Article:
You Cannot Crunch Your Way to Abs: Science Says So
When I give my Strength Training 101 presentation to new recruits at the St. Louis Police Academy, one of the questions I hit them with is this:
All other factors being equal, which of these three options would be the most effective in the attempt to reduce abdominal fat?
- Abdominal crunches – two sets of 30 repetitions to muscular fatigue
- Abdominal crunches – four sets of 30 repetitions to muscular fatigue.
- Leg Press – two sets of 20 repetitions to muscular fatigue.
Inevitably, most choose the second option, a few pick option one, and rarely does anyone opt for the leg press choice. After all, if two sets of an abdominal exercise are effective, then doubling the effort must be better, right? The truth is option three is the correct answer, which completely stuns them.
Hey Mr. Kelso, I can’t recall seeing a late-night infomercial with some dude on a leg press machine trying to shred abdominal fat.
Performing two demanding sets of leg presses utilizes more energy as compared to two or four demanding sets of abdominal exercises. More muscle tissue is involved – thus ultimately more calories are burned – so it is the best option, all other factors being equal. Remember, to lose body fat, a calorie deficit must exist. Additionally, one cannot spot reduce body fat!
Infomercials and ignorance aside, a study was recently conducted at Southern Illinois University Edwardsville to determine the effect of abdominal exercises on abdominal fat. 24 sedentary people (14 men and 10 women) between the ages of 18 and 40 years were randomly assigned to one of the following two groups: control group (CG) or abdominal exercise group (AG). Anthropometrics, body composition, and abdominal muscular endurance were tested before and after training. The AG performed two sets of 10 repetitions on seven abdominal exercises, five days per week for six weeks. The CG received no intervention, and all participants maintained a similar diet throughout the study.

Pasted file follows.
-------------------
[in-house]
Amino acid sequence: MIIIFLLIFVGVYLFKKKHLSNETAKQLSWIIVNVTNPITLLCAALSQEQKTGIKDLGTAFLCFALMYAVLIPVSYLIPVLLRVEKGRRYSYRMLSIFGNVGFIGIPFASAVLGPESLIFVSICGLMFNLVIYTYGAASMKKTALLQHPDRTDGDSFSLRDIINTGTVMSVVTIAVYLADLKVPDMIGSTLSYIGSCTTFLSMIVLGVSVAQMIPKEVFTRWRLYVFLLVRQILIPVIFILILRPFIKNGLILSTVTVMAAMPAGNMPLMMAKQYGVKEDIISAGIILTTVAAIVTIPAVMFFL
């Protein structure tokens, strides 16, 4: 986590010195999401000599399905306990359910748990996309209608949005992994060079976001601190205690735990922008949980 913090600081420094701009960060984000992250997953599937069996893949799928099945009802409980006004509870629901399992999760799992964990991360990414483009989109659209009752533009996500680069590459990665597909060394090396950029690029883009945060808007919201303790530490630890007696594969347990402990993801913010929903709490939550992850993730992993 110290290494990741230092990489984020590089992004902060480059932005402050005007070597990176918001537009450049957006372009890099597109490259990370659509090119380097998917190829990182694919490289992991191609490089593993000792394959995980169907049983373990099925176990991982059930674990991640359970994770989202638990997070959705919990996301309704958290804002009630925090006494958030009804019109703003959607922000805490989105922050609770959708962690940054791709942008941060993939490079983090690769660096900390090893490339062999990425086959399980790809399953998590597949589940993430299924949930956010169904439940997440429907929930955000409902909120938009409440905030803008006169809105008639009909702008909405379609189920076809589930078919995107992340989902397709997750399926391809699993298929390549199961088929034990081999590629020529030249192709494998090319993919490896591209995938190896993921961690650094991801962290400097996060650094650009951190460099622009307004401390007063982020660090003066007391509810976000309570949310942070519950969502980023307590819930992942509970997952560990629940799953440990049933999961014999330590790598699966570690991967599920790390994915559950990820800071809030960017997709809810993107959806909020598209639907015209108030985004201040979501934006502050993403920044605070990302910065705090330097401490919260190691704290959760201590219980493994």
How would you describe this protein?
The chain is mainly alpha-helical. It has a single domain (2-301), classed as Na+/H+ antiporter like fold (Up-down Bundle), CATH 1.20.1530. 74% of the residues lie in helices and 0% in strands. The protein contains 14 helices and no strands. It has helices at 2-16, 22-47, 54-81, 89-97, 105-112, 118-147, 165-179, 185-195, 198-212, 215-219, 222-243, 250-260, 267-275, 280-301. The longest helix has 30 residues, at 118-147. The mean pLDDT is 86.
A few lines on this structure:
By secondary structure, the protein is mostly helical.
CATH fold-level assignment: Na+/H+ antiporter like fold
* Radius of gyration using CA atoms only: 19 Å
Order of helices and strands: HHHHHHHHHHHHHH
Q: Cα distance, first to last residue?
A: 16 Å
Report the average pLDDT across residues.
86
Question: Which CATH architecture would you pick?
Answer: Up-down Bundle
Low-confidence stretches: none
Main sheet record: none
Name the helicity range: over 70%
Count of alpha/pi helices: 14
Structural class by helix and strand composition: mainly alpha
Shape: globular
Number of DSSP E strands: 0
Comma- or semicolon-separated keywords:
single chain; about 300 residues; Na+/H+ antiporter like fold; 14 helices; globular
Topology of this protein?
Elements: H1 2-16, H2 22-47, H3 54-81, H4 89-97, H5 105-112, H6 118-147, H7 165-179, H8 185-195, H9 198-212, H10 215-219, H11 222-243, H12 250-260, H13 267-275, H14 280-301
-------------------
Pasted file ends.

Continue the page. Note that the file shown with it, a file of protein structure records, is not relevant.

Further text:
The results of the study showed…hang on now… you are sitting down?…ready?
THERE WAS NO SIGNIFICANT EFFECT OF ABDOMINAL EXERCISES ON BODY WEIGHT, BODY FAT, ANDROID FAT PERCENTAGE, ANDROID FAT, ABDOMINAL CIRCUMFERENCE, ABDOMINAL SKINFOLD, AND SUPRAILIAC SKINFOLD MEASUREMENTS.
Their epic conclusion was this: six weeks of abdominal exercise training by itself was not sufficient to reduce abdominal subcutaneous fat and other measures of body composition. However, abdominal exercise training did significantly improved muscular endurance to a greater extent than the CG. On the post-test, the AG performed a significantly greater amount of curl-up repetitions (47 ± 13) compared to the CG (32 ± 9).
Seriously, will we ever arrive at the day when those in the training world completely understand abdominal exercises are a poor choice for fat reduction? Probably not, as long as new abdominal devices and programs keep coming down the infomercial turnpike.
Fat reduction tutorial, time immemorial:
- Create a calorie deficit. Eat better foods.
- Perform high calorie-demand exercise. Involve the large muscles of the body.
- Train your abdominals sensibly, but understand you are working MUSCLE, not fat.
- Stay up late at night so you can laugh at the latest abdominal gizmo infomercial.